During the month of March the AEP (Spanish patchwork Society) celebrates in Sitges the International Patchwork Festival, bringing people form all over Spain and Europe together. Patchwork and quilting have always been linked closely together.
The word Quilt is thought to connect with the Latin word ‘cucita’ meaning a bolster or cushion. Quilting can be traced back to the Middle Ages, and was widely-practised.
Quilting is usually considered to be two layers of fabric stitched together with a thicker layer between them, though this middle layer is not essential. Early 18th century English quilting for example only used the two outer layers of fabric.
Although quilting and patchwork have been practised for centuries, their popularity has varied according to changes in society. Styles have changed depending on the materials available and the social rank of the maker quilter.
The earliest quilting was used to make bed covers, the finest of which often became family heirlooms in medieval times. Later, in the Middle Ages, quilting was used for protective wear such as that worn under armour to make it more comfortable. It was still used to produce warm, light clothing as well.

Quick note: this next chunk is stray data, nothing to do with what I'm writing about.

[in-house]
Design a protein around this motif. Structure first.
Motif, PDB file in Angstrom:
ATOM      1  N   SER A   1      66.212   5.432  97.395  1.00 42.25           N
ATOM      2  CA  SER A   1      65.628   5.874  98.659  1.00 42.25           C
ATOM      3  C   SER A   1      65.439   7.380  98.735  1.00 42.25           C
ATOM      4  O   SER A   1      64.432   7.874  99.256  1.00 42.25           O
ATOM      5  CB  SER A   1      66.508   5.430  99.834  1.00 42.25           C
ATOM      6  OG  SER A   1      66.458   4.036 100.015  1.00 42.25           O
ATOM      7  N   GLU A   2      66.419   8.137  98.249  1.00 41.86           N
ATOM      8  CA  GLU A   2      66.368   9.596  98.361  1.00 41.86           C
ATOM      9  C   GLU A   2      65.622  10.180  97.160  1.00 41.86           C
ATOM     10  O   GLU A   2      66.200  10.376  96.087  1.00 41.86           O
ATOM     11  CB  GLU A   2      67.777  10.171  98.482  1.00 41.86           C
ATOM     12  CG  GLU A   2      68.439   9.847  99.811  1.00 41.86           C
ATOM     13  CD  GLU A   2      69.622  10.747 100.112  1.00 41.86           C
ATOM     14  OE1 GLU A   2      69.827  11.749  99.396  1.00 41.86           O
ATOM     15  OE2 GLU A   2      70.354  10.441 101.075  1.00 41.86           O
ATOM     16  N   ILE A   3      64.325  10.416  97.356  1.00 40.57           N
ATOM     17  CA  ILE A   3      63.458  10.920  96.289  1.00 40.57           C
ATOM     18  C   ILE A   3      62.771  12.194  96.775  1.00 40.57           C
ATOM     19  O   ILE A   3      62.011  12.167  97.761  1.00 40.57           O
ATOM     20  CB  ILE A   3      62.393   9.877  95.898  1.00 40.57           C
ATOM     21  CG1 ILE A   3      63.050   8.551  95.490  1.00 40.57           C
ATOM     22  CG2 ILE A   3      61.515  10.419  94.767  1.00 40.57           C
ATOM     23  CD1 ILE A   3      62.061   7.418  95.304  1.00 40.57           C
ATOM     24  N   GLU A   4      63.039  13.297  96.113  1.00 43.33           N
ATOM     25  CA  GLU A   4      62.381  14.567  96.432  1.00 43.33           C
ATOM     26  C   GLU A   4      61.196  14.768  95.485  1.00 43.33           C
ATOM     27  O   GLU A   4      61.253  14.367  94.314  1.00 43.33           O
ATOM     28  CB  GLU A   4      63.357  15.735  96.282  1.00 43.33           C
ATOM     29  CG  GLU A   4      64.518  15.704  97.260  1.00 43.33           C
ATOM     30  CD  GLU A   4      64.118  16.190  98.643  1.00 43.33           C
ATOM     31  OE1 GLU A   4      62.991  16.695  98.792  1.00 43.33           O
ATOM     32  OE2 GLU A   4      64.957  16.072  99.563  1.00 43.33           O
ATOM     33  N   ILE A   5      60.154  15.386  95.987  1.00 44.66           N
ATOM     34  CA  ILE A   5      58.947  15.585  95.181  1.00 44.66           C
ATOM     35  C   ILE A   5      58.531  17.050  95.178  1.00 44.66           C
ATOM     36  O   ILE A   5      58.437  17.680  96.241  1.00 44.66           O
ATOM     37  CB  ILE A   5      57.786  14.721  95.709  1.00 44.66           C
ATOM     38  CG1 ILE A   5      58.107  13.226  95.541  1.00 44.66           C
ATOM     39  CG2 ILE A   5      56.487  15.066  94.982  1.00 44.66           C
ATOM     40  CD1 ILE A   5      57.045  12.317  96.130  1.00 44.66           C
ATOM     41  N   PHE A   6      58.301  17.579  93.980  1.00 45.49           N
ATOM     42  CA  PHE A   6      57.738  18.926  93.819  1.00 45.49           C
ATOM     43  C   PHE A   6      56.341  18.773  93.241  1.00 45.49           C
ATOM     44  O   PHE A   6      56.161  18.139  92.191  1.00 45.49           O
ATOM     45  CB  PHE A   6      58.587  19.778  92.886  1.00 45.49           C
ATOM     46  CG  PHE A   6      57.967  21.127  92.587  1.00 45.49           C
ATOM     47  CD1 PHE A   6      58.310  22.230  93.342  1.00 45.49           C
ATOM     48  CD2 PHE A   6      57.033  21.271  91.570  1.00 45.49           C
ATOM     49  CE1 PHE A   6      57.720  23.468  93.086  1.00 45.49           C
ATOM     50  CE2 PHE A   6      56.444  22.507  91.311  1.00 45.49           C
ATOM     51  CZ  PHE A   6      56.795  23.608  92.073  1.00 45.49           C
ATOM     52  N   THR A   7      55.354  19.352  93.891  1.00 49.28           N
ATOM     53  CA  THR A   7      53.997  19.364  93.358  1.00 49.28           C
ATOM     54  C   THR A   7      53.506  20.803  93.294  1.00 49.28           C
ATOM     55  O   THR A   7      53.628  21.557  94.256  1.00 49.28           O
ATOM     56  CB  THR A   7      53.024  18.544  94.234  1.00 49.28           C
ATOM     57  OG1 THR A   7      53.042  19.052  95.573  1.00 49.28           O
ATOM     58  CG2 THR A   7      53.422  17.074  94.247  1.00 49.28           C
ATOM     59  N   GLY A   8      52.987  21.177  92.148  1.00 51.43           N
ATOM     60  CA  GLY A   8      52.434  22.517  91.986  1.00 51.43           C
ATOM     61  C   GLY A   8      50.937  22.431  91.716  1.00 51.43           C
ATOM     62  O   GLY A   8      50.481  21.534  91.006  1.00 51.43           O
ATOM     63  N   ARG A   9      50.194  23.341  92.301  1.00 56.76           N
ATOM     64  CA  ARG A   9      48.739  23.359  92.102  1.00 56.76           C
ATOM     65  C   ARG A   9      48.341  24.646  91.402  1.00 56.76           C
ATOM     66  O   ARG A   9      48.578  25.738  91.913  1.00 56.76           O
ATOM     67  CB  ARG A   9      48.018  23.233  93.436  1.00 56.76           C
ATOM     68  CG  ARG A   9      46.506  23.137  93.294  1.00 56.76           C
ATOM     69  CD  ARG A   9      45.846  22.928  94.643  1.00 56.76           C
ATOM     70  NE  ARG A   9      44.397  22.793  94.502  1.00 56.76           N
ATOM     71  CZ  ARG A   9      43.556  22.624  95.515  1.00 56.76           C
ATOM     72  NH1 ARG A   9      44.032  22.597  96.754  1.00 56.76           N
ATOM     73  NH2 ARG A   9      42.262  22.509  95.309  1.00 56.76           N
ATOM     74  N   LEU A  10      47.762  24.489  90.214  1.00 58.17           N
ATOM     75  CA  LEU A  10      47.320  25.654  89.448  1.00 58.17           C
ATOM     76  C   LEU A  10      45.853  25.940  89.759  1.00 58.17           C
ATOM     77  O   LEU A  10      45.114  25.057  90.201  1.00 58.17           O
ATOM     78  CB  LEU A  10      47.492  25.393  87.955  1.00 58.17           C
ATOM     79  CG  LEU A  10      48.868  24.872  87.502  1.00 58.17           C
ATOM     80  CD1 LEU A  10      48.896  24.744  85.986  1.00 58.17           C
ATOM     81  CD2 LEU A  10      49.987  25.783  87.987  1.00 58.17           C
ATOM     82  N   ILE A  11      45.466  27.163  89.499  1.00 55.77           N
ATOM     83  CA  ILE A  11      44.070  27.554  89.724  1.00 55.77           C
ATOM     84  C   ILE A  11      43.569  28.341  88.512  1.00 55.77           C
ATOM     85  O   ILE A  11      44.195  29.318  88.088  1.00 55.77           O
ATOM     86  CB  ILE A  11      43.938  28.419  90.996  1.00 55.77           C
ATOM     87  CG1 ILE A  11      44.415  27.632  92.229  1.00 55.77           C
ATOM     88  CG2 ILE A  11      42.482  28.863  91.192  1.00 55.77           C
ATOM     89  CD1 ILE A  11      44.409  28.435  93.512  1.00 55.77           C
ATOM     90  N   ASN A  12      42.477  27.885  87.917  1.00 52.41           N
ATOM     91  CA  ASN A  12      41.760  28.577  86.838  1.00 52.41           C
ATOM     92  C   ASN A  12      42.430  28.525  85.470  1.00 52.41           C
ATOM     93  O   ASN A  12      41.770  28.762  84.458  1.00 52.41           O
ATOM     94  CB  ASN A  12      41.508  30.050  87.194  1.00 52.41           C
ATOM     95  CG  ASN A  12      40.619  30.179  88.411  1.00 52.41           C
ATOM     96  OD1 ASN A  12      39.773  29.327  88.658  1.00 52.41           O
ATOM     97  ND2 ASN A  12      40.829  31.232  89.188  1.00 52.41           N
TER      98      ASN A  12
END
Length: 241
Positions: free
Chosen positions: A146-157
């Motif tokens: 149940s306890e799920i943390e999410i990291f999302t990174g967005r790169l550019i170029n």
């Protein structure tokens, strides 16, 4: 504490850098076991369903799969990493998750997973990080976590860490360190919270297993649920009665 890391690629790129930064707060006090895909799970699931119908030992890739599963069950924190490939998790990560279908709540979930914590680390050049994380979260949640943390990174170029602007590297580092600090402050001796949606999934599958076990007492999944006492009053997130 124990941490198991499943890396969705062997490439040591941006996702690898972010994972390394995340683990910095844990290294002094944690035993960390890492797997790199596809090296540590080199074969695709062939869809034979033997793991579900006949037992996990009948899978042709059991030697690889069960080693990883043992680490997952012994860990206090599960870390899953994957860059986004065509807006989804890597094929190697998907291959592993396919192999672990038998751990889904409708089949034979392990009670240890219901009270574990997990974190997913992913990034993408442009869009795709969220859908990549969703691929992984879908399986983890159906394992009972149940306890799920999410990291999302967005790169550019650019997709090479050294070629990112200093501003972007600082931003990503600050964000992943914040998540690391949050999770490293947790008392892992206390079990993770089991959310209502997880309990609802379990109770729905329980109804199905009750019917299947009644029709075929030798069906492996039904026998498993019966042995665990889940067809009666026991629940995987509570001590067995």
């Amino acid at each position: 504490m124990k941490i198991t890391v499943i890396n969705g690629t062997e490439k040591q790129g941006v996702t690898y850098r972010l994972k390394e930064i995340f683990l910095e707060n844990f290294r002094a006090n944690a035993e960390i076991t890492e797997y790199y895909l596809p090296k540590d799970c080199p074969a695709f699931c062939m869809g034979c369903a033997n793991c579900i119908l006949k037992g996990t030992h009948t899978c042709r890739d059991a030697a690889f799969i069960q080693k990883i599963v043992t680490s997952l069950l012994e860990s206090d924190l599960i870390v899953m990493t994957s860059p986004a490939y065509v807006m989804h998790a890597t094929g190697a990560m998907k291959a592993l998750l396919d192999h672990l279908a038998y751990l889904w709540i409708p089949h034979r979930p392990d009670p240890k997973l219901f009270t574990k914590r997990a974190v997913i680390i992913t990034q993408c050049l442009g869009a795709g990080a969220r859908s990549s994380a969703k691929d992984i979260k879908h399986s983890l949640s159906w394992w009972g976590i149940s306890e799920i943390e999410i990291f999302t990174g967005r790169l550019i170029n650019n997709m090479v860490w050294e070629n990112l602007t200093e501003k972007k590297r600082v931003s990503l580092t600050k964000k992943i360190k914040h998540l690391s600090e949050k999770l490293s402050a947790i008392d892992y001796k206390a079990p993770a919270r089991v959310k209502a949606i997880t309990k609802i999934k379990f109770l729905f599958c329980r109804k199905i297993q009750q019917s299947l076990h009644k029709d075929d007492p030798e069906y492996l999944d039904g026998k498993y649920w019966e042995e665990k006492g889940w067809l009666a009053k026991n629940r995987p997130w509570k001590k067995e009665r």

The 17th century was the heyday of quilting in Europe: in the early part of the century for the silk doublets and breeches worn by the wealthy, and later for petticoats, jackets and waistcoats.
Quilting in the 20th century suffered from the effects of two world wars, with the resultant changes in society leading to a decline in traditional skills. Commercially produced alternatives seemed more attractive than the time consuming traditionally-made quilts.
Some people continued the tradition, teaching and researching patchwork and quilting. This paved the way for an eventual resurgence of interest in the 1960s and ’70s, and the formation in 1979 of The Quilters’ Guild in the UK. Their aim is to ensure that the traditional crafts of patchwork and quilting are passed on, and to represent the quilters taking the craft forward through the 21st century.
Perhaps because of their rich and interesting history, patchwork and quilting have again become popular in the 21st century, often using traditional skills combined with contemporary artistic techniques. Contemporary Quilt is a specialist group within the Quilters Guild working at the cutting edge of quilt making.
There are numerous quilt makers selling their wares on the internet, with both traditional and contemporary designs available. This should ensure that the popularity of patchwork and quilting continues.
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